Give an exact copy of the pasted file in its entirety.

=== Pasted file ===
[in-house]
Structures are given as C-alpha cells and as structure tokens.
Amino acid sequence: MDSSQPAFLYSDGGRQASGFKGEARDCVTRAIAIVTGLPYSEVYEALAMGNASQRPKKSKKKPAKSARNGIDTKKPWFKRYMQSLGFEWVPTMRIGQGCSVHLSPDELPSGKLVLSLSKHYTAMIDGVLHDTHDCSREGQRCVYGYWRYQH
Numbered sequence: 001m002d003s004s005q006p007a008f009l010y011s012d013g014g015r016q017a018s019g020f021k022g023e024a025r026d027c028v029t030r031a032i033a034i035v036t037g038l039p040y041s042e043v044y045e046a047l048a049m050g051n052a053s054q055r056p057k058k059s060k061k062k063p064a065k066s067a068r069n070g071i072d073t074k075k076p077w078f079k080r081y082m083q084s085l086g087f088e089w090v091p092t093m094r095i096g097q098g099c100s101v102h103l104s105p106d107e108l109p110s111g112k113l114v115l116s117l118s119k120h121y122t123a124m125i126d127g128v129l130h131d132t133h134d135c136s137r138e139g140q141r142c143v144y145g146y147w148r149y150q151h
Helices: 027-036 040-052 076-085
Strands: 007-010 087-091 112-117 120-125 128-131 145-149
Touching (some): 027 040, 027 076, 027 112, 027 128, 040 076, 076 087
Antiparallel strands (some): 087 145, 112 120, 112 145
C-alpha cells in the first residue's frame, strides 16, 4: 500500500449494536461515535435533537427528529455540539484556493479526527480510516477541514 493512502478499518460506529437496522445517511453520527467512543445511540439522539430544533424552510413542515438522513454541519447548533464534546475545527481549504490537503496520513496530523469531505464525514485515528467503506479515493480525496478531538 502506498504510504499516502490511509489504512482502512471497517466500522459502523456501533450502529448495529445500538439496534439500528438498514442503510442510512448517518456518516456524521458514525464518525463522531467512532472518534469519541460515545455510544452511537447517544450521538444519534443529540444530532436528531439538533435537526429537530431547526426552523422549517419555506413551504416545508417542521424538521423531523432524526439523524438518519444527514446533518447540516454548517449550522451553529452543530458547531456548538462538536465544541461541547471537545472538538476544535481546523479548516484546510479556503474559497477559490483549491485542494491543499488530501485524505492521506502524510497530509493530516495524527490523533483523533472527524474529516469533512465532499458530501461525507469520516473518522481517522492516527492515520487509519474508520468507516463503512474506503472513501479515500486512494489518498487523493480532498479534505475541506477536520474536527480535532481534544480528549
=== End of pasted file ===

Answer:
[in-house]
Structures are given as C-alpha cells and as structure tokens.
Amino acid sequence: MDSSQPAFLYSDGGRQASGFKGEARDCVTRAIAIVTGLPYSEVYEALAMGNASQRPKKSKKKPAKSARNGIDTKKPWFKRYMQSLGFEWVPTMRIGQGCSVHLSPDELPSGKLVLSLSKHYTAMIDGVLHDTHDCSREGQRCVYGYWRYQH
Numbered sequence: 001m002d003s004s005q006p007a008f009l010y011s012d013g014g015r016q017a018s019g020f021k022g023e024a025r026d027c028v029t030r031a032i033a034i035v036t037g038l039p040y041s042e043v044y045e046a047l048a049m050g051n052a053s054q055r056p057k058k059s060k061k062k063p064a065k066s067a068r069n070g071i072d073t074k075k076p077w078f079k080r081y082m083q084s085l086g087f088e089w090v091p092t093m094r095i096g097q098g099c100s101v102h103l104s105p106d107e108l109p110s111g112k113l114v115l116s117l118s119k120h121y122t123a124m125i126d127g128v129l130h131d132t133h134d135c136s137r138e139g140q141r142c143v144y145g146y147w148r149y150q151h
Helices: 027-036 040-052 076-085
Strands: 007-010 087-091 112-117 120-125 128-131 145-149
Touching (some): 027 040, 027 076, 027 112, 027 128, 040 076, 076 087
Antiparallel strands (some): 087 145, 112 120, 112 145
C-alpha cells in the first residue's frame, strides 16, 4: 500500500449494536461515535435533537427528529455540539484556493479526527480510516477541514 493512502478499518460506529437496522445517511453520527467512543445511540439522539430544533424552510413542515438522513454541519447548533464534546475545527481549504490537503496520513496530523469531505464525514485515528467503506479515493480525496478531538 502506498504510504499516502490511509489504512482502512471497517466500522459502523456501533450502529448495529445500538439496534439500528438498514442503510442510512448517518456518516456524521458514525464518525463522531467512532472518534469519541460515545455510544452511537447517544450521538444519534443529540444530532436528531439538533435537526429537530431547526426552523422549517419555506413551504416545508417542521424538521423531523432524526439523524438518519444527514446533518447540516454548517449550522451553529452543530458547531456548538462538536465544541461541547471537545472538538476544535481546523479548516484546510479556503474559497477559490483549491485542494491543499488530501485524505492521506502524510497530509493530516495524527490523533483523533472527524474529516469533512465532499458530501461525507469520516473518522481517522492516527492515520487509519474508520468507516463503512474506503472513501479515500486512494489518498487523493480532498479534505475541506477536520474536527480535532481534544480528549